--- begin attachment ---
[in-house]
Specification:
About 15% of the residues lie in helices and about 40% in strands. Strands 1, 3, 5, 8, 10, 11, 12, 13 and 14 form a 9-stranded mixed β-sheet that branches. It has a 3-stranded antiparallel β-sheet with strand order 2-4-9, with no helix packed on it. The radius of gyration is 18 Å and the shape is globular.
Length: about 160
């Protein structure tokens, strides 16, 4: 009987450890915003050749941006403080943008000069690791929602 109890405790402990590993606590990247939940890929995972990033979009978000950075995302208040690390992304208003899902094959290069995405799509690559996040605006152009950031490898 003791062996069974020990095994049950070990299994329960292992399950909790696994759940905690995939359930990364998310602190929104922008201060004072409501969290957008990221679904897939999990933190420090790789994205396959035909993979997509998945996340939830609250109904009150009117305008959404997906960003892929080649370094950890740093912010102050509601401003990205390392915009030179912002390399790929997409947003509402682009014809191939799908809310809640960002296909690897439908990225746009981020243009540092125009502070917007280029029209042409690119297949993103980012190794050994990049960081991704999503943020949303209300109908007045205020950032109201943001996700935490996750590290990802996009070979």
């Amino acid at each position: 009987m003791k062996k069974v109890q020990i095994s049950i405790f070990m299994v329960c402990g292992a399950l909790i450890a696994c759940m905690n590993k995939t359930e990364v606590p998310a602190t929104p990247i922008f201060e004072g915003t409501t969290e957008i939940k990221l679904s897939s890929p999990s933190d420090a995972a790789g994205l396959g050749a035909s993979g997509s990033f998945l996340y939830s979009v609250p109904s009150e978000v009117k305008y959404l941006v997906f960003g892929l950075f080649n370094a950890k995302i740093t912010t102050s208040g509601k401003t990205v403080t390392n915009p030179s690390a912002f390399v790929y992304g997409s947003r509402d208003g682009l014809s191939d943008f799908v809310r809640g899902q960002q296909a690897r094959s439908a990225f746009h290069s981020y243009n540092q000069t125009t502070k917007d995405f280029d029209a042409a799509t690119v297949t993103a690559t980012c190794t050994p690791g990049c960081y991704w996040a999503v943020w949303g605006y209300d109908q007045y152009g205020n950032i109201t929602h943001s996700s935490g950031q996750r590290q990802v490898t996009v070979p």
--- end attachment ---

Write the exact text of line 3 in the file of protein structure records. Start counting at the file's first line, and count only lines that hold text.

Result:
About 15% of the residues lie in helices and about 40% in strands. Strands 1, 3, 5, 8, 10, 11, 12, 13 and 14 form a 9-stranded mixed β-sheet that branches. It has a 3-stranded antiparallel β-sheet with strand order 2-4-9, with no helix packed on it. The radius of gyration is 18 Å and the shape is globular.